The surest way to “survive” in the business of building a brand is not achieved by “surviving” at all.
Survival: The Sure Road to Failure
In a business climate such as today’s, a lot of focus is on “surviving” which, good or bad, can distract companies from maintaining (or reinventing) their brands as something inspirational, something valuable and something worth acquiring or attaining.
In other words, things got very “safe” this past year, resulting in “keeping things going” rather than looking forward to what it will take to do something extraordinary that will result in extraordinary outcomes. The upshot is a lot of branding today has suffered and become immediately forgettable. Really. And only a few are truly standouts and great.
Great brands are designed to do what? To lead, inspire and motivate (weak or average brands do anything but. They not only fail to lead, inspire and motivate the consumer, they fail to the same for the culture of which that brand is cultivated.). If brands don’t lead, they follow other brands and trends, making them bottom feeders and nothing people clamor for.
Leading as a brand (or in any other facet of living for that matter) isn’t a “luxury” and “something nice to attain”—it is as vital and fundamental as breathing, answering the phone or treating customers (and anyone) with respect in order to help them be something better as a result of doing business with you.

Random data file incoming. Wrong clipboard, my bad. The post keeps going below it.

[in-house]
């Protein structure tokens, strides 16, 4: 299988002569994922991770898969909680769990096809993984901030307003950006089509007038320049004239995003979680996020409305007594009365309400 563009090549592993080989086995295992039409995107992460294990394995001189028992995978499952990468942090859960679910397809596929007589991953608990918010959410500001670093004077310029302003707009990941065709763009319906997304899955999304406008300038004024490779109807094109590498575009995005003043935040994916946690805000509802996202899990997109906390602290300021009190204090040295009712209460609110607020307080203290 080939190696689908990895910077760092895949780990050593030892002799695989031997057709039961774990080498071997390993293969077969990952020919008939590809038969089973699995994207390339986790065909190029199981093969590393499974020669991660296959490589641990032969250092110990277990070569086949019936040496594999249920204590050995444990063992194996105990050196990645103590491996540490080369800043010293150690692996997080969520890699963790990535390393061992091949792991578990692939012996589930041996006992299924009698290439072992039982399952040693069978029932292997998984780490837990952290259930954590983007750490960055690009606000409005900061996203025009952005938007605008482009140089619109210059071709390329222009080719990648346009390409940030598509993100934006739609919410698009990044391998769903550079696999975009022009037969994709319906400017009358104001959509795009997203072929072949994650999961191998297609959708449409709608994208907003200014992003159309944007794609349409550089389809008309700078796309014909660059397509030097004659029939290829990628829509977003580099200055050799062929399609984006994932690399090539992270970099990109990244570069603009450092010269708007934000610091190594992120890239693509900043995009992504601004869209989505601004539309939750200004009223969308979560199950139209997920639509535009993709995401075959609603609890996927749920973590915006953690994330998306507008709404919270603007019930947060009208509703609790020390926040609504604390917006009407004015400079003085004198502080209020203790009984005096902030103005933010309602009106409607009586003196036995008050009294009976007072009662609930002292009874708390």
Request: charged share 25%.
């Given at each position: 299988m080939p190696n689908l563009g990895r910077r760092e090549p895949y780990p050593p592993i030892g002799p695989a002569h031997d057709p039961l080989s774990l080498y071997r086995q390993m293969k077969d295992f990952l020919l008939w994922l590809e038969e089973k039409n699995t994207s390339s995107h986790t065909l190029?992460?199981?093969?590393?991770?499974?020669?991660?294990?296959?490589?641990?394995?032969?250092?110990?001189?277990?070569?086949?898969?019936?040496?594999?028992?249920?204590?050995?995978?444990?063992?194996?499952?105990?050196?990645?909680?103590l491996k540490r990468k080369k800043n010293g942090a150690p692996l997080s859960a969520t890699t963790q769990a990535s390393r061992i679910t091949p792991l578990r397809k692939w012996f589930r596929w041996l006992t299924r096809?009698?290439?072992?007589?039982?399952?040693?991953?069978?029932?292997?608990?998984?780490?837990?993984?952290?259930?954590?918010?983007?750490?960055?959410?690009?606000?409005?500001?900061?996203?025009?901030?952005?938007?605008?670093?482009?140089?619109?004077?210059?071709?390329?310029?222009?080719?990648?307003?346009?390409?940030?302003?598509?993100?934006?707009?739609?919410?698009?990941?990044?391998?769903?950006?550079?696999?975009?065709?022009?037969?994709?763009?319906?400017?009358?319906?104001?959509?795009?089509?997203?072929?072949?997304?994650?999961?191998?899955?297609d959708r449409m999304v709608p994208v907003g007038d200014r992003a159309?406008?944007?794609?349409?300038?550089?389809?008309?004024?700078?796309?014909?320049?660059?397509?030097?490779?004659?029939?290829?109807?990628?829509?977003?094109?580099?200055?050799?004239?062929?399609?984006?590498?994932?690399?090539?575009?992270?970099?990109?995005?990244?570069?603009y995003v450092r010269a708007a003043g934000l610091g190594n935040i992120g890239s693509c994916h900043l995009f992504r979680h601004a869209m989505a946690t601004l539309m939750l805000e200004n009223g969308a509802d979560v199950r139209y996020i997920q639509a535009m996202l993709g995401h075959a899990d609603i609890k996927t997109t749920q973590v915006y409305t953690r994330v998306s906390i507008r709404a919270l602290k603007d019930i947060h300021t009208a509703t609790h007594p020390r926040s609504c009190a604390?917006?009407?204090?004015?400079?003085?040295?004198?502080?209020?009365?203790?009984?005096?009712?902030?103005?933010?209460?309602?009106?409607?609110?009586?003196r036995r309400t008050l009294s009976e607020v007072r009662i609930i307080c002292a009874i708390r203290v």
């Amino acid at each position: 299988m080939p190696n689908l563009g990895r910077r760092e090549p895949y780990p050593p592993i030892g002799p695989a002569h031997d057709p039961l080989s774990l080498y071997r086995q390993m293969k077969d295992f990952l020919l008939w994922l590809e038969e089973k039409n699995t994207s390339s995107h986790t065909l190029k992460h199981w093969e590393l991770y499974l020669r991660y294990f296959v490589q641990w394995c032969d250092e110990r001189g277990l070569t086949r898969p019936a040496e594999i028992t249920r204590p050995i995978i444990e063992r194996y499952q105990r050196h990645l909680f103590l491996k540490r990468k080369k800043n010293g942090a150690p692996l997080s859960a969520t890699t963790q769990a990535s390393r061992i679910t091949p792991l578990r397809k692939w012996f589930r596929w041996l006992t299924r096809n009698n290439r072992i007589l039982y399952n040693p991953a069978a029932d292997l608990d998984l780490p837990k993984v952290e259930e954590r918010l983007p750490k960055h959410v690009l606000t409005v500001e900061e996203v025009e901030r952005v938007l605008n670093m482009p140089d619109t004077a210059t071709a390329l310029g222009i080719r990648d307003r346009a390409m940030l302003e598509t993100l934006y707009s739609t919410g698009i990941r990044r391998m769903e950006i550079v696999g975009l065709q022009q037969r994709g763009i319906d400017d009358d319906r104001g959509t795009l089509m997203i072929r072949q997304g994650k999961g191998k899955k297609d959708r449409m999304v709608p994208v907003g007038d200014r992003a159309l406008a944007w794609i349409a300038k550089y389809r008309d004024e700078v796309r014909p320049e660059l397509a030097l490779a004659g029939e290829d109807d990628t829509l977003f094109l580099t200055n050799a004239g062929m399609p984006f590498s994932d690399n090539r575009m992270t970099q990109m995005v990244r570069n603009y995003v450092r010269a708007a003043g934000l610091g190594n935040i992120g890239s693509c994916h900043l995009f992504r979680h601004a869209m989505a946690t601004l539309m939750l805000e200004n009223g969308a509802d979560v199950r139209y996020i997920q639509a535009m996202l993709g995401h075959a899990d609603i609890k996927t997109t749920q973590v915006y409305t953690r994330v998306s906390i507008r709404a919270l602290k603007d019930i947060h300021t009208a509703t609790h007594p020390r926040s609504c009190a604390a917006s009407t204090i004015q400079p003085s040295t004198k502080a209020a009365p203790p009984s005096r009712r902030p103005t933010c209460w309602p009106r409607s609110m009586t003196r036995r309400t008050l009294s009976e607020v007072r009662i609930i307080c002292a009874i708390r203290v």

So I looked at some of the things I used this year to keep me inspired and creating branding and messages that rose above the clutter.
The Quality of Greatness
Great brands have traits common to one another that allow them to rise above the mass crap that clogs the quantity of media channels.
What are some of these traits? The same traits that tend to make us stop and revere someone with awe, respect and a newfound view of “why didn’t I think of that?” In short, some of these are:
- To not settle for OK, to only settle for “remarkable” as the base for creating anything
- The willingness to think for oneself, embracing one’s own conviction and not succumbing to the mass hysteria of mediocrity
- To BE the revolution rather than merely follow one and private label it as your own. In other words, to challenge the mundane and to embrace the notion that things can be better, that the “obvious” that everyone seems to be missing is OK not only to point out but to fully embrace as something worth imbuing with life, purpose and a true sense of wild abandon.
Why do I mention these things? Because too many brands today are cautious exercises in futility waiting for the hammer to drop.